Home of Bridgeton mother charged with the murder of her toddler son gave off a 'burnt smell', prosecutors revealed
Prosecutors revealed in the Cumberland County Superior Court on February 19 that the home of a local woman who was charged with killing, burning, and dismembering her son, had a "burnt smell", according to the police officers who were looking for her allegedly abducted little boy. Bridgeton Police Department said that on Friday, February 8 24-year-old mother-of-two Nakira M. Griner had initially reported that her 23-month-old son Daniel Griner Jr. had been abducted at approximately 6:36 p.m.
The latest revelation comes through the testimony from the authorities came during a detention hearing for Griner who did not attend due to what her attorney said were "mental health" issues. The mother is currently in protective custody and is under suicide watch at the county jail. The hearing on Tuesday only lasted for about 20 minutes and Judge Robert Malestein ordered that the mother remains in custody pending her trial. According to the Vineland Daily Journal, the judge said: "The facts are troubling."
Kim Schultz, the defense attorney, had argued for a conditional release in the court and suggested home detention with an order that Griner cannot be near her surviving child. She also said that the surviving baby is with his father. Schultz then said that the evidence in the case does not support the first-degree murder charge that was laid out against Griner. She said that the death of 23-month-old Daniel Griner Jr. was most probably an accident and that the young mother panicked.
The arrest complaint stated that the defendant had eventually told the investigators that she had hit her son because he would not eat his breakfast. County Assistant Prosecutor Elizabeth Vogelsong said that Griner later elaborated on the story and told the authorities that she had abandoned her son in his stroller so that she could avoid being blamed.
Vogelsong said: "Judge, I strongly disagree with the term 'accident'. And there’s nothing in this investigation to make us believe that this was any type of accident, and we will not be proceeding as if it’s an accident."
In the decision made by Malestein, he said that it was a "little bit bizarre" that the windows in the home were wide open while the fans were running on the day that Griner reported her son was abducted. The details were noted down by the authorities when they conducted a search of Griner's property on February 8.
Schultz then claimed that Griner seems to have suffered from post-partum depression for a long period of time and that the condition turned into psychosis after she had her second child. The attorney said: "I think that the chain of events that transpired support that. I … did speak to her family members, who said that she had a visiting nurse that came to the house. Also, a social worker that came to the house. And I believe, at least preliminarily, that was for treatment for post-partum depression. And again, psychosis."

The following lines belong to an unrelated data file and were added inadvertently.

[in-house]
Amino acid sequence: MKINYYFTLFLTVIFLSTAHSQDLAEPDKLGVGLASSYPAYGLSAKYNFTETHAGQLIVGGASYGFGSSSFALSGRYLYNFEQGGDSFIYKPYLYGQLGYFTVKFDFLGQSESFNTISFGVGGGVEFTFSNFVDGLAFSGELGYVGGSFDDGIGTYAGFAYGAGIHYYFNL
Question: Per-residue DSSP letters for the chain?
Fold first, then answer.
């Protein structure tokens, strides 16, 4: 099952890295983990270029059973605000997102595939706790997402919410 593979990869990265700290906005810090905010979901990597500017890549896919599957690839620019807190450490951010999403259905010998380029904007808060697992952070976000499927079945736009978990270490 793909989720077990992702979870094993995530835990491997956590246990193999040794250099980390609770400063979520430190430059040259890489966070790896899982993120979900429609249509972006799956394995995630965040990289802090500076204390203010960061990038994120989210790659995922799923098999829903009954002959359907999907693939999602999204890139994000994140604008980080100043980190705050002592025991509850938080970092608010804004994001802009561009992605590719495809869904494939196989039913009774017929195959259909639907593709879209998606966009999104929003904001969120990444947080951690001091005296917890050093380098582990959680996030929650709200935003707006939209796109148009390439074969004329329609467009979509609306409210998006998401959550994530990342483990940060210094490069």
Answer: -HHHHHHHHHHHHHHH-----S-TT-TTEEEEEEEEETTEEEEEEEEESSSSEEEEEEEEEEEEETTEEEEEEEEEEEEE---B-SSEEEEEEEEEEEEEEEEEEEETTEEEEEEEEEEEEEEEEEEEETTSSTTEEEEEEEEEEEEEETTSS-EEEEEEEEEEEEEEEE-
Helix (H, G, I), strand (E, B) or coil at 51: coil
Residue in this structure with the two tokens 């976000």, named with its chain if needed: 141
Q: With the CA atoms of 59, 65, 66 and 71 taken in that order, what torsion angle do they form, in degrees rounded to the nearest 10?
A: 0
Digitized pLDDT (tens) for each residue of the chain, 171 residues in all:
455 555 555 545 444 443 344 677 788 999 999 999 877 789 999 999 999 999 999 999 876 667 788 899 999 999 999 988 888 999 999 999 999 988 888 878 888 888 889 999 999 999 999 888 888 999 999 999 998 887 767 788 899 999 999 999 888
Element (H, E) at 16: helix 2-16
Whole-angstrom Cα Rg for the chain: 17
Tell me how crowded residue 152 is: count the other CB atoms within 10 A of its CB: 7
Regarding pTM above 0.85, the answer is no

Vogelsong responded: "Judge, I’m not going to argue the issue of post-partum at this point. There’s nothing that we have before us, no documentation, to support that she was being treated for that or that she was diagnosed with that."
Nakira Griner, the Bridgeton mom accused of murdering toddler son and burning his remains, missed detention hearing for suicide concerns. Her attorney says killing accidental and result of postpartum psychosis. Judge denied release from jail. pic.twitter.com/NW21kmvyot— Cleve Bryan CBS3 (@CleveBryan) February 19, 2019
MEA WorldWide (MEAWW) previously reported that the authorities began their investigation at around 6:36 p.m. on February 8 when a report came in of violent child abduction after two unknown males attacked Griner. She called the authorities herself and informed them of what happened. The mother told the dispatch that her toddler son was strapped to her chest when the attack happened. A major multi-agency search began based on the violent abduction claims but the authorities said her story fell apart quickly.
Vogelsong said that footage from the surveillance cameras in the area captured the mother walking with a stroller but a closer look revealed that the stroller had been empty. The lawyer said: "During the abduction search, consent was given to search the Griner home. When police arrived at the home on Woodland Drive, all the windows were open and the fans were on. One officer commented that he smelled a burnt smell in the home."
She continued: "Police began becoming suspicious of Griner when her description of events began to change. First and foremost, based on her description of the attack, there were no injuries observed on either Griner or the younger child from the attack that she had claimed to sustain."
The child's father was asked by the authorities if he thought anything in the family home looked amiss and Vogelsong said that Daniel Griner pointed out a specific bag to the officers that was normally kept in the office. He said: "It was a large handbag with pink trim that belonged to his wife, Nakira Griner, and had last been seen inside the house. Closer examination of the contents of that bag was determined to be burnt child remains."
The charges that were laid out against the mother are first-degree murder, second-degree endangering the welfare of a child, second-degree desecration of human remains, and fourth-degree tampering with evidence. If convicted, Griner would face a minimum of 30 years behind bars. According to testimony, a term of life in prison is also a possibility given the age of the child and the factors surrounding his death. The case is scheduled to resume in March with a pre-indictment hearing before another judge.